I have a horrible truth to admit. Despite my large board game collection, numerous miniatures, paints, models, game days, tournaments, trips, etc… neither of my two children have really shown much interest in gaming. They’ll both play board games if it’s something we’re doing but neither actively seeks out a board game to play. They’ve both showed interest at a young age of painting my models with me. My oldest stated the story behind Frostgrave at least sounded interesting and my youngest was willing to play a couple basic gams of Wings of Glory with me. I am saddened beyond words. My wife plays board games with me, much more actively than the boys but man do I wish they would have their interest piqued by something. Every time they’ve shown interest I’ve thrown wads of cash into the fire in hopes to stoke them on but to no avail. Until possibly now.
Probably a year ago there was a Humble Bundle put together by Paizo selling PDF’s of a ton of their modules and things for Pathfinder. I got a core book and my oldest looked into it excitedly intrigued. He tried to gather a couple friends to play but they never managed to put it together which I told him shouldn’t be discouraging. There are literally thousands of adults who can’t manage to get a group together either even when they live only twenty or so minutes from each other. His friends and he play a game they call “Imagination Battle” at scouts which is a very free form kind of roleplaying in the loosest sense. Basically, one person is the bartender and everyone else tells stories about how amazing their person is and all the awesome stuff they do as they fight each other in the bar and the tender kind of sort of referee’s. I applaud the use of imagination but it naturally turns into a world of one ups-manship.
Kid 1: I have super strength and punch you across the room.
Kid 2: Well I have super speed so I move out of the way.
Kid 1: But I also have teleportation and my first teleports next to where you moved and hits you anyway.
Kid 2: I’m like colossus and have metal skin and it breaks your fingers.
Kid 1: I have rubber bones so they don’t break.
You get the idea. Fast forward to only a few months ago. One of the many actual play podcasts I listen to is bomBARDed. It is a group of musicians from Texas who play a game where all their characters are bards. This would naturally lead to death so there is a lot of open ended mechanics goosing here but the point is it’s fun to listen to and they play music or sing when they cast spells. My son has been playing piano for ten of the sixteen years he’s been alive so this idea really grabbed him and rekindled that roleplaying idea in a big way which got me quite excited. By now, though I still have all my Pathfinder, stuff I’ve kind of moved towards 5th Ed. D&D as its much easier to pick up and a little less rule crunchy. Okay, way less. He talked to some friends and again it was going to be nearly impossible to get together but determined not to let it fail this time I got him and one of his friends to full on commit to a day. I then hunted down two of my friends who though they can’t come over are able to make themselves available once a week. Enter Roll20.net!
Roll 20 is an online virtual tabletop for running RPG’s over the net. It’s got built in video and voice chat through your web browser and its free. You can import pictures and maps of your own as well as use built in drawing tools to edit things inside the browser window. If you’re willing to pay a subscription it unlocks more storage space as well as more features such as a dynamic fog of war lighting that you can set up for your players. There is a large dedicated community already involved in Roll 20 and many models have been faithfully converted into it already. Having recently listened to a podcast of a run through of the Mines of Phandelver which is the starter box adventure I decided to have a look and sure enough someone has already converted it into Roll 20. It’s not perfect, there are some bugs and somethings don’t work quite the way they should but the point is its functional.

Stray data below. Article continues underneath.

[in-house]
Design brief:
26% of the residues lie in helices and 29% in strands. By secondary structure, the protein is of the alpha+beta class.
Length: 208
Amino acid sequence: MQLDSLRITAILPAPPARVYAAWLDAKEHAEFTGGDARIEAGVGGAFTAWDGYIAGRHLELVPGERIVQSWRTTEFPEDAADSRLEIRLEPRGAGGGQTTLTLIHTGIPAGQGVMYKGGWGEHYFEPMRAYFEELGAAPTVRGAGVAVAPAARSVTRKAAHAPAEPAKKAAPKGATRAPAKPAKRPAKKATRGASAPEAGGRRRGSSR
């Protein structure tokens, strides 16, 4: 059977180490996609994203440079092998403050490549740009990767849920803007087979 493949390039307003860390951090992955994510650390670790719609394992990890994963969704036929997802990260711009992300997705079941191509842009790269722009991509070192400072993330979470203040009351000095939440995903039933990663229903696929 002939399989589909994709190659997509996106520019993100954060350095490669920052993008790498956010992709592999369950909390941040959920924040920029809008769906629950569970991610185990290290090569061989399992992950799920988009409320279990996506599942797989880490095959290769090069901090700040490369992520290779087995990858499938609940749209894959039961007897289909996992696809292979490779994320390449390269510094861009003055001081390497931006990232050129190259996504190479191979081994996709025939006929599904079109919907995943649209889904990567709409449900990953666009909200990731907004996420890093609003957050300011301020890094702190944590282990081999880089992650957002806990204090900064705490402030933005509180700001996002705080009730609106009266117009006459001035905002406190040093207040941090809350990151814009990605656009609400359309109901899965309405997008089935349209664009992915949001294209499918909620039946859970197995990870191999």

So, on the 9th of July 2018 my oldest son started playing in his first D&D campaign. Proud papa moment.
I’m running the dungeon which will take the characters from level 1 to 5 through four, possibly five dungeon areas. We’re using the pre-generated characters because that helps along as they all have backgrounds with plot hooks already boiled in to cut down on the work for me and to help ensure that he isn’t too taxed trying to improvise things that he’s unsure of. Our first session was just about two hours, of which the first probably twenty minutes were spent just getting all the Roll 20 features running for us. We got through the first encounter in which two of the four party members were reduced to one hit point truly making the point that the game can easily kill you. At least at early levels and we stopped right outside of Cragmaw Hideout which will be the first mapped dungeon part of the adventure.
I’m very excited to see how the dungeon plays out for the group and if they can come up with non-combative ways to get through pats of it. At level 1 a bugbear can be a devastating combatant with a couple of good rolls.
He’s playing a Dwarf Cleric and is generally excited about being able to heal people and hit them in the face with a hammer. I’m excited because he’s excited and he’s very much aware of that telling his mother at one point that “I think dad is more excited about it than me.” Which he is probably right abut. I hope that he enjoys the campaign because I’m not going to let it end until they finish it. Chock another on the board for D&D. Hook is set, now I just must reel him in.